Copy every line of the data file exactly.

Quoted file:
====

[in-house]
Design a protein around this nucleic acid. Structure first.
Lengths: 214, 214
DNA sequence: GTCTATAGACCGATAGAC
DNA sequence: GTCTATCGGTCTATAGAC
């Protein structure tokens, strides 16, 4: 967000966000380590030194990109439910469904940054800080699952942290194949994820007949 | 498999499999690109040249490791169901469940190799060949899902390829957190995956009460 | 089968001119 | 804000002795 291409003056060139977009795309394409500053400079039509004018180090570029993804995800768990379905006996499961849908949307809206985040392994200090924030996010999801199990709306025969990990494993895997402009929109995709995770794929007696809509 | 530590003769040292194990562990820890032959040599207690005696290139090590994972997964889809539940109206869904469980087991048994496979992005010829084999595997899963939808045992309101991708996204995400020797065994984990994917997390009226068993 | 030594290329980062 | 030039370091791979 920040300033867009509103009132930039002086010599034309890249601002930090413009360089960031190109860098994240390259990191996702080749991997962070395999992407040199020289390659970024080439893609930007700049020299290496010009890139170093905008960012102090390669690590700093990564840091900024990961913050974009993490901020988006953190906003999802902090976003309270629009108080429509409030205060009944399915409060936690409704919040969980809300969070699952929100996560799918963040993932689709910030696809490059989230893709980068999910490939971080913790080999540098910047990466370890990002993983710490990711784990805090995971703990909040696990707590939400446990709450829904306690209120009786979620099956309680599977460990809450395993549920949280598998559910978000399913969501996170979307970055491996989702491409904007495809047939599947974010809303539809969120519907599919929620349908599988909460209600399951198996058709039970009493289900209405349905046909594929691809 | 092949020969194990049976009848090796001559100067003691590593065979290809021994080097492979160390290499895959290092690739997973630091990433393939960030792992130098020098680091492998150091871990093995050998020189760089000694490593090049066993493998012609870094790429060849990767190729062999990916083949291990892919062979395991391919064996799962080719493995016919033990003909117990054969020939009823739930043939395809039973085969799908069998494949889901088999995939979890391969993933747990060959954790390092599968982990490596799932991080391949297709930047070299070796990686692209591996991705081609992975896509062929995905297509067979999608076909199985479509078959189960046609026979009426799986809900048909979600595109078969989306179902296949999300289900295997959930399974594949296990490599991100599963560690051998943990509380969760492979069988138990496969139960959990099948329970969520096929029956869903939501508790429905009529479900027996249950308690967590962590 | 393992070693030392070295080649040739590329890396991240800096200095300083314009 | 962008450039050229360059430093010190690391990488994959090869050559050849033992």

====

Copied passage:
[in-house]
Design a protein around this nucleic acid. Structure first.
Lengths: 214, 214
DNA sequence: GTCTATAGACCGATAGAC
DNA sequence: GTCTATCGGTCTATAGAC
């Protein structure tokens, strides 16, 4: 967000966000380590030194990109439910469904940054800080699952942290194949994820007949 | 498999499999690109040249490791169901469940190799060949899902390829957190995956009460 | 089968001119 | 804000002795 291409003056060139977009795309394409500053400079039509004018180090570029993804995800768990379905006996499961849908949307809206985040392994200090924030996010999801199990709306025969990990494993895997402009929109995709995770794929007696809509 | 530590003769040292194990562990820890032959040599207690005696290139090590994972997964889809539940109206869904469980087991048994496979992005010829084999595997899963939808045992309101991708996204995400020797065994984990994917997390009226068993 | 030594290329980062 | 030039370091791979 920040300033867009509103009132930039002086010599034309890249601002930090413009360089960031190109860098994240390259990191996702080749991997962070395999992407040199020289390659970024080439893609930007700049020299290496010009890139170093905008960012102090390669690590700093990564840091900024990961913050974009993490901020988006953190906003999802902090976003309270629009108080429509409030205060009944399915409060936690409704919040969980809300969070699952929100996560799918963040993932689709910030696809490059989230893709980068999910490939971080913790080999540098910047990466370890990002993983710490990711784990805090995971703990909040696990707590939400446990709450829904306690209120009786979620099956309680599977460990809450395993549920949280598998559910978000399913969501996170979307970055491996989702491409904007495809047939599947974010809303539809969120519907599919929620349908599988909460209600399951198996058709039970009493289900209405349905046909594929691809 | 092949020969194990049976009848090796001559100067003691590593065979290809021994080097492979160390290499895959290092690739997973630091990433393939960030792992130098020098680091492998150091871990093995050998020189760089000694490593090049066993493998012609870094790429060849990767190729062999990916083949291990892919062979395991391919064996799962080719493995016919033990003909117990054969020939009823739930043939395809039973085969799908069998494949889901088999995939979890391969993933747990060959954790390092599968982990490596799932991080391949297709930047070299070796990686692209591996991705081609992975896509062929995905297509067979999608076909199985479509078959189960046609026979009426799986809900048909979600595109078969989306179902296949999300289900295997959930399974594949296990490599991100599963560690051998943990509380969760492979069988138990496969139960959990099948329970969520096929029956869903939501508790429905009529479900027996249950308690967590962590 | 393992070693030392070295080649040739590329890396991240800096200095300083314009 | 962008450039050229360059430093010190690391990488994959090869050559050849033992």